I spend a great deal of time with two kinds of people: teachers and students. In some ways, these two groups are at opposite ends of the continuum of learning. Sure, teachers and students co-create and share the environment of learning; but what I hear from each group is different. Students (of all ages) talk about the many ways in which the learning environment fails to meet their needs. Teachers, on the other hand, tend to talk more about how to preserve and nurture that learning environment. In this sense, both groups are working toward the same goal: to make the learning environment useful and purposeful. But I find that they have radically different notions about how to accomplish this goal. Students want to deconstruct and rebuild the system; teachers want to preserve and enhance it. Students want more autonomy and service from teachers and institutions; teachers want more commitment and loyalty from students. Students demand new technologies; teachers are (or they tend to be) anxious and suspicious about new technologies. Students yearn for more intensity and risk in their learning; teachers seek more safety and structure. Sometimes I wonder if these various impulses and aims are inherently complementary or fundamentally contradictory.

But I am optimistic by nature, and I also know that a hundred thousand years of human cultural evolution (maybe more) shows that the learning needs of students can be well matched with the mentorship impulses of teachers. And the method by which this integration might be accomplished is actually quite straightforward, in my view. That method involves three core values: self-awareness, empathy, and character. Self-awareness is what we know — about ourselves, our interests, our capacities. Empathy is what we feel — toward others, toward the state of our world, toward nature. Character is what we do with our self-awareness and our empathy.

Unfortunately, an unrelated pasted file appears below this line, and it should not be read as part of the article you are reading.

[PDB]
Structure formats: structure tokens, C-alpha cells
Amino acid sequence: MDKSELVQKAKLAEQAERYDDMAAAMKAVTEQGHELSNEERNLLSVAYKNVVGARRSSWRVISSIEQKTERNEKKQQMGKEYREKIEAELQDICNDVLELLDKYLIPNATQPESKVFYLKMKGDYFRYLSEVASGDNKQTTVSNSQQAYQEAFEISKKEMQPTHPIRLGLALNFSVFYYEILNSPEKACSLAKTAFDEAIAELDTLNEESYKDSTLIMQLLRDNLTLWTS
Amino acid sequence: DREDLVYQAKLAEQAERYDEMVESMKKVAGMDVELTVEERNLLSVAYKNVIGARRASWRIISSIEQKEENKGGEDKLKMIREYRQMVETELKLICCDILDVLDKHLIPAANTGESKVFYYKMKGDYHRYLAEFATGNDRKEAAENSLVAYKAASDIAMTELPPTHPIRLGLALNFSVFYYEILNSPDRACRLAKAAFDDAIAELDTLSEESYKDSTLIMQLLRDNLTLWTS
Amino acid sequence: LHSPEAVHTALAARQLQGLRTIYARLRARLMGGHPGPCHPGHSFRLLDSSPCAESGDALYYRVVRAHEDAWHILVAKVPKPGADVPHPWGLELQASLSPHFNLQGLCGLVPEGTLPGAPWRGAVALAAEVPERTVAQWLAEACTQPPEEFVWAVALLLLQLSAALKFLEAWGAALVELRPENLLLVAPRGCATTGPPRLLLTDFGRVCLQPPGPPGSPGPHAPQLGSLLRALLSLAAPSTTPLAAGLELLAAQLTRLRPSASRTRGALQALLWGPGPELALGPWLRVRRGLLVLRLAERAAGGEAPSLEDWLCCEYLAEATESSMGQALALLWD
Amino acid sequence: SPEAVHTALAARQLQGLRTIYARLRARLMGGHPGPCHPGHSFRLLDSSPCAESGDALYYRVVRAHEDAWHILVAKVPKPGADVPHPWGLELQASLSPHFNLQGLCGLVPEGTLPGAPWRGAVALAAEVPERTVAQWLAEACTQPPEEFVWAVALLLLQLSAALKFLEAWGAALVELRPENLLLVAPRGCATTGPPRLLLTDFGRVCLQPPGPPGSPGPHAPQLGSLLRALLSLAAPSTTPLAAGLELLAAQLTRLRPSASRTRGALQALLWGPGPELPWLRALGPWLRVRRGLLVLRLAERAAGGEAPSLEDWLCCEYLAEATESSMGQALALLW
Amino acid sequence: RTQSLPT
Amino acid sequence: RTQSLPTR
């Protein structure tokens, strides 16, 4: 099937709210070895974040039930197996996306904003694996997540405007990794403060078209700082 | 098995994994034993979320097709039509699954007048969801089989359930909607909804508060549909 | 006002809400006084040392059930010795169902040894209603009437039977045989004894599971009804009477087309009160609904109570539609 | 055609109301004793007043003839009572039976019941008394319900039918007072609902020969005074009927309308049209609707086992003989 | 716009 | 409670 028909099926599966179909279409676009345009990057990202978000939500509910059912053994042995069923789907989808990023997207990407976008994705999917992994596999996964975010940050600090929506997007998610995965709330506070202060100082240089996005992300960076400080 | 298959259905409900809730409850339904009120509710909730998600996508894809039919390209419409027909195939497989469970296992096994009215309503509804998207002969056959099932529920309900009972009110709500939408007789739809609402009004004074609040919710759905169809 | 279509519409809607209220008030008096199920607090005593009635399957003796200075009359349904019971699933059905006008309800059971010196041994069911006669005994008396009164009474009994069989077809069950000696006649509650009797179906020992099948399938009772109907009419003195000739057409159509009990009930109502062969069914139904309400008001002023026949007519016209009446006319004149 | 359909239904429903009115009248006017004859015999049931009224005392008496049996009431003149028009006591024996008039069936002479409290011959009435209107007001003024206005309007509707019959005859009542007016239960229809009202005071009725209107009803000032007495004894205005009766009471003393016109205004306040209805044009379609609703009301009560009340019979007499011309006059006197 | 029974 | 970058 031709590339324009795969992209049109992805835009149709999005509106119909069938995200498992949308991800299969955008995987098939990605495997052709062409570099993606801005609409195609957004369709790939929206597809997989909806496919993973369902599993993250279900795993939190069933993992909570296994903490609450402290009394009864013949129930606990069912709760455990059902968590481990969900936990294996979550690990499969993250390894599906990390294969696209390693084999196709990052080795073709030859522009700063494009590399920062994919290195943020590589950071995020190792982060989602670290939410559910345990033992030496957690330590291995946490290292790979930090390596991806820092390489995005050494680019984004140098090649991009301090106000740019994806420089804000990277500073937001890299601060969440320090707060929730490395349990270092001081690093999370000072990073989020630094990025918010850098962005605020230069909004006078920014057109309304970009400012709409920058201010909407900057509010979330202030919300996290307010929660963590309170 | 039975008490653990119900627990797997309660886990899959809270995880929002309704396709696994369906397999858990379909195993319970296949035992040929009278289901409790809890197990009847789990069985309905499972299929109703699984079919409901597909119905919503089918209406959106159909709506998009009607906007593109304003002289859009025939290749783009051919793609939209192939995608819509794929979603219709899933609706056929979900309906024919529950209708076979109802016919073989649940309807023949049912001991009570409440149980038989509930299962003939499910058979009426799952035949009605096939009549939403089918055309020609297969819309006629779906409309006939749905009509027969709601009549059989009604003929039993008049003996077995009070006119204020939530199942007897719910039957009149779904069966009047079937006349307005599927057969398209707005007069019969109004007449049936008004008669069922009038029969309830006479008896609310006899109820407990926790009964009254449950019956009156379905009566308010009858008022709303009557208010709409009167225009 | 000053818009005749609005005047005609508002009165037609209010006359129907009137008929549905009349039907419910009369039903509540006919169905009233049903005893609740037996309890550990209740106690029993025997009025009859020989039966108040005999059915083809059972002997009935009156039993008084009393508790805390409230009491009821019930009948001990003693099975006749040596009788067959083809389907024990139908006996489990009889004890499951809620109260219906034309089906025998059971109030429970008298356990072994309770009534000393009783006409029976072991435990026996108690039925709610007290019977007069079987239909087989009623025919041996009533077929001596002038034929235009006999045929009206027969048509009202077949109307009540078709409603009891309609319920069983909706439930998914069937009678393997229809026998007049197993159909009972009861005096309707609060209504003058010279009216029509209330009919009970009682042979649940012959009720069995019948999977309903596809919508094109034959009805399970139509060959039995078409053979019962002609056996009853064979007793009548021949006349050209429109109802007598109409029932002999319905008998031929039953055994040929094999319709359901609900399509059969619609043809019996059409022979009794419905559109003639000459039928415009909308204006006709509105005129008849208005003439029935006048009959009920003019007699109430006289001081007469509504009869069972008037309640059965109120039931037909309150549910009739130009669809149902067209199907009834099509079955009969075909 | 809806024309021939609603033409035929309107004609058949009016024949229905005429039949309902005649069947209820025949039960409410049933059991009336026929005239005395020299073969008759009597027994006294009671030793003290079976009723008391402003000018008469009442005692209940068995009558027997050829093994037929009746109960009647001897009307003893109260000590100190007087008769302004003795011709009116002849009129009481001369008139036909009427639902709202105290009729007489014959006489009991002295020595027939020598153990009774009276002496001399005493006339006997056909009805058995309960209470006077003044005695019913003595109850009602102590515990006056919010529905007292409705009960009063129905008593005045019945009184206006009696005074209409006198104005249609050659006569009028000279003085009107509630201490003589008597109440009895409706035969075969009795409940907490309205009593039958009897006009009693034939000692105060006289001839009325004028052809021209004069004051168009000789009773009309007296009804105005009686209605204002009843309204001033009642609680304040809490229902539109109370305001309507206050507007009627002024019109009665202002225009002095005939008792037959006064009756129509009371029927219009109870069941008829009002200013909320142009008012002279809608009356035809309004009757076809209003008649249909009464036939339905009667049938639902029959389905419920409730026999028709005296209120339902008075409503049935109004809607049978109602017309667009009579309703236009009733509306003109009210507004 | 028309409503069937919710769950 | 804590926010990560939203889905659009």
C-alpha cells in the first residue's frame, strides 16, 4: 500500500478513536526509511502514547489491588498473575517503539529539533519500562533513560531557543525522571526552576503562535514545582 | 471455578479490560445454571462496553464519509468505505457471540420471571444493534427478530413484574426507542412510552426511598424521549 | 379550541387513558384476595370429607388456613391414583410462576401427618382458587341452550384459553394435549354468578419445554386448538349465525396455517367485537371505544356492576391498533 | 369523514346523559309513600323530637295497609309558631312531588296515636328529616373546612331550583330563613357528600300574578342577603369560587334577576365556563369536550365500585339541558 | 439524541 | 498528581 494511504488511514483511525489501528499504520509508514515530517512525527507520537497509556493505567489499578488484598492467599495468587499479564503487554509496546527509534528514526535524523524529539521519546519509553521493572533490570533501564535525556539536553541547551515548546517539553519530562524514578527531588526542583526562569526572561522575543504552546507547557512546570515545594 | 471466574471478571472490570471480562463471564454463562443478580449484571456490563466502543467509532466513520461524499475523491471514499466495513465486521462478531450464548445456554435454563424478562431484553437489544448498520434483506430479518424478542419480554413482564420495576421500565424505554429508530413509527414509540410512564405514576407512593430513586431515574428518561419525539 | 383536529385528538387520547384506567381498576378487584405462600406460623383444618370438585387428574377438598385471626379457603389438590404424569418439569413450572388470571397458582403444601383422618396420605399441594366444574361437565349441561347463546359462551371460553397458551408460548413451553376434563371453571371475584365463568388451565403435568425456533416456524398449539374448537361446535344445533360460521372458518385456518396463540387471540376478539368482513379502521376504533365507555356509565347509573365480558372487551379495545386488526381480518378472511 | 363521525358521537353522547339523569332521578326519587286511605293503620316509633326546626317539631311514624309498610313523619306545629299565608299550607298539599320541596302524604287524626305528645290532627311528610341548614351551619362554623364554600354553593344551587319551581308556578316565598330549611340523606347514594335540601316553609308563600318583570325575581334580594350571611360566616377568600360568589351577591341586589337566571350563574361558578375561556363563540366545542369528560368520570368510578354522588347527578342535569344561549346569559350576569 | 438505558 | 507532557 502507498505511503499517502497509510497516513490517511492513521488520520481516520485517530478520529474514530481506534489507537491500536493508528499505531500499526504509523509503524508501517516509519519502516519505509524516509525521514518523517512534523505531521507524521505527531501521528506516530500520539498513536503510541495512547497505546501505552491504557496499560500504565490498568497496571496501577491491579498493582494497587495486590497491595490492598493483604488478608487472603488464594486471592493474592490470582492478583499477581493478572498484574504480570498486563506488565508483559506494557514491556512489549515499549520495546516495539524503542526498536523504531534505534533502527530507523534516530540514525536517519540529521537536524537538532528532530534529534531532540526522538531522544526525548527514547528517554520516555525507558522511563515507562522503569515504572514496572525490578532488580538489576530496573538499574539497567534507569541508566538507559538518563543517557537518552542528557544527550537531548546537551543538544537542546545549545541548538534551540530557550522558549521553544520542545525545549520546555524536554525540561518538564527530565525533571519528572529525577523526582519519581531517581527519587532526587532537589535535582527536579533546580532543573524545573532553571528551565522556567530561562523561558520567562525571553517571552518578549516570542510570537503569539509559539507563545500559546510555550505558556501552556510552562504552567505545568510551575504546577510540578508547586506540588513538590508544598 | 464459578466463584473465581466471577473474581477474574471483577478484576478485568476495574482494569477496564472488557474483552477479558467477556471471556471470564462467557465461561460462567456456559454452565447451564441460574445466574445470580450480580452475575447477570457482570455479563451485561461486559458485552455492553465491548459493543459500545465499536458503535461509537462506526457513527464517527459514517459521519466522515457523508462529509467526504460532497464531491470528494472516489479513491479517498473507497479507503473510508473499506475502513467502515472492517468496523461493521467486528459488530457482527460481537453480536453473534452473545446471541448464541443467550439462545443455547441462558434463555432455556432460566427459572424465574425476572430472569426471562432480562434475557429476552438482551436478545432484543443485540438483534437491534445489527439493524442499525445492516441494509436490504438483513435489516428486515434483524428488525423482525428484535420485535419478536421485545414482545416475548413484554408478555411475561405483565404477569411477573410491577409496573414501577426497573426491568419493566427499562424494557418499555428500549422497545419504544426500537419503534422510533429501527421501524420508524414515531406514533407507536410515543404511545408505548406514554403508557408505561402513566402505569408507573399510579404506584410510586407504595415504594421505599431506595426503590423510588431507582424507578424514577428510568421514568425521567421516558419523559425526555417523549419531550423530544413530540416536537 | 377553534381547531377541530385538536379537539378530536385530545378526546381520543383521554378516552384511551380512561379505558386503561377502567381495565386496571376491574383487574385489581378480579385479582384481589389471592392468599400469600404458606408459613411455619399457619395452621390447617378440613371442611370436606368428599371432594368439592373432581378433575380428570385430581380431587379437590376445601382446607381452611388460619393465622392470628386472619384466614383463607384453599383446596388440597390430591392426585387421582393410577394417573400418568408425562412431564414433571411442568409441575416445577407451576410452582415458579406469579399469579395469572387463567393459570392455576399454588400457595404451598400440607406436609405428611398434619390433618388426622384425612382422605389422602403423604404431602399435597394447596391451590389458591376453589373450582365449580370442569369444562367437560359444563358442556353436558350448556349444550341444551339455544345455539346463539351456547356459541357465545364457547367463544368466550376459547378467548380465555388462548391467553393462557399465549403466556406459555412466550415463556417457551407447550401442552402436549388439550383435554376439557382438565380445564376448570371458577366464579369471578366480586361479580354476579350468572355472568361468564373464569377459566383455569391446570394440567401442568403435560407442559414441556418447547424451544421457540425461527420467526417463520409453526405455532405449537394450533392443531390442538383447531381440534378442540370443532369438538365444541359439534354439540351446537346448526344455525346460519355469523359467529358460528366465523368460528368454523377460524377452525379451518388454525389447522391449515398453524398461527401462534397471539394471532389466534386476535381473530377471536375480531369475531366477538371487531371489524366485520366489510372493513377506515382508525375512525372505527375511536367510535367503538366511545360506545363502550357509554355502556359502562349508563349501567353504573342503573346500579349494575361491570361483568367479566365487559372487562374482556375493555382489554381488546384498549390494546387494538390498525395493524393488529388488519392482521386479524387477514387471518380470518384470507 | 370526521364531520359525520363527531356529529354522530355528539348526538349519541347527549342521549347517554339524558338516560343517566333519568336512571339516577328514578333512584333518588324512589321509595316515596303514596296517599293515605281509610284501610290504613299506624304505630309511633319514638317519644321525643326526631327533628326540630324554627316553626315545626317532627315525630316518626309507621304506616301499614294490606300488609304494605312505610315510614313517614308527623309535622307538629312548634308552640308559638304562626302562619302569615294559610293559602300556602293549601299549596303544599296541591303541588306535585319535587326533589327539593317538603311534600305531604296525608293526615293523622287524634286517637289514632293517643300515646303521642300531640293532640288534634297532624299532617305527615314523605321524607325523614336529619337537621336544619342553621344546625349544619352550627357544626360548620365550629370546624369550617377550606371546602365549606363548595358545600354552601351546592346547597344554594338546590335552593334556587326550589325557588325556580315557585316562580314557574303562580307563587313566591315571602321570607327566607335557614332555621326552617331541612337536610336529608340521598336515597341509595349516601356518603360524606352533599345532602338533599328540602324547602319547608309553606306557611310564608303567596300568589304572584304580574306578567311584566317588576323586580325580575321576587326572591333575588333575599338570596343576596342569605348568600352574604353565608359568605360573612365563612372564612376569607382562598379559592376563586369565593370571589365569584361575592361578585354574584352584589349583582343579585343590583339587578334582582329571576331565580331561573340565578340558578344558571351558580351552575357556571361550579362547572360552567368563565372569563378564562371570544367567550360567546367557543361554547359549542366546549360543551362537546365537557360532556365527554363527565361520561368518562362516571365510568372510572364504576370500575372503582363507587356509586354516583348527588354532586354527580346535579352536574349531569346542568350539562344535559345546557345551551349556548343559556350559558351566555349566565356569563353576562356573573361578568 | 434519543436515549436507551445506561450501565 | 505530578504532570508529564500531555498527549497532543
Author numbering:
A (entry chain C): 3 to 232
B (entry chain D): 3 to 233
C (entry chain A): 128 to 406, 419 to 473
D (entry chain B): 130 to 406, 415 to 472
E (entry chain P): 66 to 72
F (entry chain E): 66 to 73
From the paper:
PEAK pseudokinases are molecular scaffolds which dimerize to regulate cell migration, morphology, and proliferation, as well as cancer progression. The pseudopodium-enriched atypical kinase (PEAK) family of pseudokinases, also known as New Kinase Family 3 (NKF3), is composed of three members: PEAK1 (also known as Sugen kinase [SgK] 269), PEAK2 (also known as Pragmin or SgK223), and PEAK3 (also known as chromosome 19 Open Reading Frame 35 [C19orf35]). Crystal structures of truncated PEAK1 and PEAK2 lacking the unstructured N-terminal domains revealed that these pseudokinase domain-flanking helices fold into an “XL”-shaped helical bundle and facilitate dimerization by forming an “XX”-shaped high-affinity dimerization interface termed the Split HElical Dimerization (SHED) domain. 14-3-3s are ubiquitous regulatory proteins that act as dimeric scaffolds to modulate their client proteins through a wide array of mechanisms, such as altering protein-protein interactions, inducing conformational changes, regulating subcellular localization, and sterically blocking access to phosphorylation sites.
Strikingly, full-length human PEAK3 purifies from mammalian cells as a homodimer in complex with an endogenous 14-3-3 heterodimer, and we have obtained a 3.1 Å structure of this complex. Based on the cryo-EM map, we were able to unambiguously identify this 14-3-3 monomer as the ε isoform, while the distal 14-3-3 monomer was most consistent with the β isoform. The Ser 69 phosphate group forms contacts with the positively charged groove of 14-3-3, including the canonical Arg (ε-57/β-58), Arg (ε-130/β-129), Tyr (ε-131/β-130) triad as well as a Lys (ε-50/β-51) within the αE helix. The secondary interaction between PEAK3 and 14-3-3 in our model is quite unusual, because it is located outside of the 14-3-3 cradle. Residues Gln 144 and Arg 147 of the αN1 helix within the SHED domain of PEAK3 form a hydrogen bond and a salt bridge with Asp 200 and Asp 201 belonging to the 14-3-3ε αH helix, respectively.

Awareness, emotion, behavior. Or, to put it another way: being, feeling, doing. That’s it, really. The whole enterprise of teaching and learning renders down to the alchemy between three parts of ourselves.


On the trail with a group of learners in Burns Bog, BC — the largest urban wilderness in North America.

If self-awareness, empathy, and character development were the foundations of curriculum and of the learning environment itself — in other words, if both students and teachers grounded themselves in these values — the opposite ends of the continuum of learning would vanish. Teachers and students would find themselves working together in communities of real inquiry, creative engagement, and personal development.

We don’t use metaphors and poetic language anymore in discussions about education. Instead, we use words such as pedagogy, theory, rigor, and outcomes. Personally, I don’t find that type of language to be useful; it tends to hide more than it shows. I prefer the language of the ancients, who worried less about argument and more about truth. (In fairness to the modern educational vernacular, I should note that some of the words above — pedagogy and theory, in particular — were in fact coined by ancient cultures much devoted to metaphors and poetic language). My favorite ancient culture, the Egyptians, used a lovely phrase for the integration of self-awareness, empathy, and character. They called it intelligence of the heart.

That’s what I seek, as an educator, and what I try to encourage in students: intelligence of the heart. Such an intelligence — self-reflective, rooted in purposeful inquiry, committed to relationships of depth and meaning — is the path forward for education. At least, that’s what I believe. All else is fluff and folly. The path forward is the path of return to human values, shared practices, and service in its many forms.

Self-awareness, empathy, and character: what we bring, what we share, and what we do together. Simple, really. And it’s always the simple things that seem so difficult.